I tried rewriting this a few times and ultimately abandoned my rewrites because I was about to throw out the whole thing and begin again. So I thought I should first stop and ask a question here. I wonder if the commentary says something like "we shouldn't read this as contradicting the idea of agency because in ancient Israel they were emphasizing that God was in control of everything." (Please correct me if I am creating a straw man here.) Doesn't the idea that God is in control of everything contradict the idea of agency? This is the classic problem of evil, right? If you just wanted to say in a general sense God is in control of everything (but not specifically make a claim about agency) then it is pretty odd to use as your case, a case where someone's heart is hardened and they make an important decision. --Matthew Faulconer 06:42, 16 Jun 2006 (UTC)
- Regarding the JST, I frankly hadn't noticed it. I think it should should definitely be mentioned somewhere in the commentary. Perhaps the point of tension that the exegesis is emphasizing would be more appropriate somewhere like Deut 2:30 or Rom 9:18.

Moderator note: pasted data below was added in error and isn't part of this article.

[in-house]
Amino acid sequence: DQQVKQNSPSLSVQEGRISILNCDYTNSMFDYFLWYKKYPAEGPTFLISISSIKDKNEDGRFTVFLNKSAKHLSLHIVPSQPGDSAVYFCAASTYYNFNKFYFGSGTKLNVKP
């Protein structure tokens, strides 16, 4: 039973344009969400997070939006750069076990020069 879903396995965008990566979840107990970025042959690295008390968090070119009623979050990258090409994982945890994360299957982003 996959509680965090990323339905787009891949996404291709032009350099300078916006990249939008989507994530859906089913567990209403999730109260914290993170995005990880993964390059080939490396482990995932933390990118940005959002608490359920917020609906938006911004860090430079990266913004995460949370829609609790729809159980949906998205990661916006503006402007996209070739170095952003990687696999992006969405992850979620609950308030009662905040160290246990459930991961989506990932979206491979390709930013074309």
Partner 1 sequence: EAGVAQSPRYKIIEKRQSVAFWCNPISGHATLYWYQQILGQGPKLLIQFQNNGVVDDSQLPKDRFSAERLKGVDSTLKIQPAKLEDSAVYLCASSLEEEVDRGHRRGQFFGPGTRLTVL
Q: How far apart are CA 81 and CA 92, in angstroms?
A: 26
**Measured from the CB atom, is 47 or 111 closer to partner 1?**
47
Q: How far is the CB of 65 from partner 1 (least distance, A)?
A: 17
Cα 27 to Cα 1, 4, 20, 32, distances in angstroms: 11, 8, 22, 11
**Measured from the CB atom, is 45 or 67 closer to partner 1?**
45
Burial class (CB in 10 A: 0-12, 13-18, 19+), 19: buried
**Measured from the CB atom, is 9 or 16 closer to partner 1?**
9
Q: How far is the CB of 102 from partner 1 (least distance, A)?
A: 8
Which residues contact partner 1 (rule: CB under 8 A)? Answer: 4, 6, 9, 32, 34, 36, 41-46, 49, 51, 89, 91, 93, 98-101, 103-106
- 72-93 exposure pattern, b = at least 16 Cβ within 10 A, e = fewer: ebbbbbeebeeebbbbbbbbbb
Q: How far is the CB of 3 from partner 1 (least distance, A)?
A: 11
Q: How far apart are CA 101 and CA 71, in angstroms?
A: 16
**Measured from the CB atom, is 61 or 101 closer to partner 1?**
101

- I think the point I was trying to make in the commentary is that this phrase may be interpreted as an idiom. If I say "I argued till I was blue in the face," perhaps the statement can be parsed and understood symbolically, but the phrase is not intended to be literal. Exploring the significance of using this terminology may be a fruitful exercise, but to explore the literal significance would be silly. This is what I think is going on here, the writer is using what essentially amounts to an idiomatic expression in describing how Pharoah hardened his heart. I think the JST changes the phrasing to avoid any confusion (but notice there's no JST for Deut 2:30 or Rom 9:18), not b/c the "original text" was written this way (I've seen articles on this topic somewhere—I think there are few scholars who take the view that the JST is an attempt at reconstructing the original text; FAIR may be a good place to start looking for such articles . . . ).